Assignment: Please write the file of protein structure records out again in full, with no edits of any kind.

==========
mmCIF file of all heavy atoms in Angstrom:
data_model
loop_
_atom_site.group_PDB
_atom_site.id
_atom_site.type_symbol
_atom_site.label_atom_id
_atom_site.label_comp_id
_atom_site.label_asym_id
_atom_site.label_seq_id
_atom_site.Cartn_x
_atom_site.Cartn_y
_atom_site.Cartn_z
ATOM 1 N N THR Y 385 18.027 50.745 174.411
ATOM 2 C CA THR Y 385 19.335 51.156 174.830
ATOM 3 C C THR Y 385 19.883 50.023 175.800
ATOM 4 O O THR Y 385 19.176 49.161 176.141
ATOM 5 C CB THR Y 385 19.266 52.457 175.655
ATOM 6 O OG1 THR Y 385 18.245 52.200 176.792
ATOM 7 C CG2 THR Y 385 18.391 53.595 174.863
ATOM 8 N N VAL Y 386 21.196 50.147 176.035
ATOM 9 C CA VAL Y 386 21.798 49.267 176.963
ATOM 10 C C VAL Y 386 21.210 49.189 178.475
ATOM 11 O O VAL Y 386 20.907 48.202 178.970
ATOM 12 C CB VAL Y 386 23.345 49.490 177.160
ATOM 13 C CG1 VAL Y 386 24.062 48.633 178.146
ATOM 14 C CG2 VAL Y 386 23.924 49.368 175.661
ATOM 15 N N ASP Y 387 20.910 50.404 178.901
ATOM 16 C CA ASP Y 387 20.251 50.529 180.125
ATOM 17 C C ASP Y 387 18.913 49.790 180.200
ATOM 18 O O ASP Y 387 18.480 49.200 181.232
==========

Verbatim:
mmCIF file of all heavy atoms in Angstrom:
data_model
loop_
_atom_site.group_PDB
_atom_site.id
_atom_site.type_symbol
_atom_site.label_atom_id
_atom_site.label_comp_id
_atom_site.label_asym_id
_atom_site.label_seq_id
_atom_site.Cartn_x
_atom_site.Cartn_y
_atom_site.Cartn_z
ATOM 1 N N THR Y 385 18.027 50.745 174.411
ATOM 2 C CA THR Y 385 19.335 51.156 174.830
ATOM 3 C C THR Y 385 19.883 50.023 175.800
ATOM 4 O O THR Y 385 19.176 49.161 176.141
ATOM 5 C CB THR Y 385 19.266 52.457 175.655
ATOM 6 O OG1 THR Y 385 18.245 52.200 176.792
ATOM 7 C CG2 THR Y 385 18.391 53.595 174.863
ATOM 8 N N VAL Y 386 21.196 50.147 176.035
ATOM 9 C CA VAL Y 386 21.798 49.267 176.963
ATOM 10 C C VAL Y 386 21.210 49.189 178.475
ATOM 11 O O VAL Y 386 20.907 48.202 178.970
ATOM 12 C CB VAL Y 386 23.345 49.490 177.160
ATOM 13 C CG1 VAL Y 386 24.062 48.633 178.146
ATOM 14 C CG2 VAL Y 386 23.924 49.368 175.661
ATOM 15 N N ASP Y 387 20.910 50.404 178.901
ATOM 16 C CA ASP Y 387 20.251 50.529 180.125
ATOM 17 C C ASP Y 387 18.913 49.790 180.200
ATOM 18 O O ASP Y 387 18.480 49.200 181.232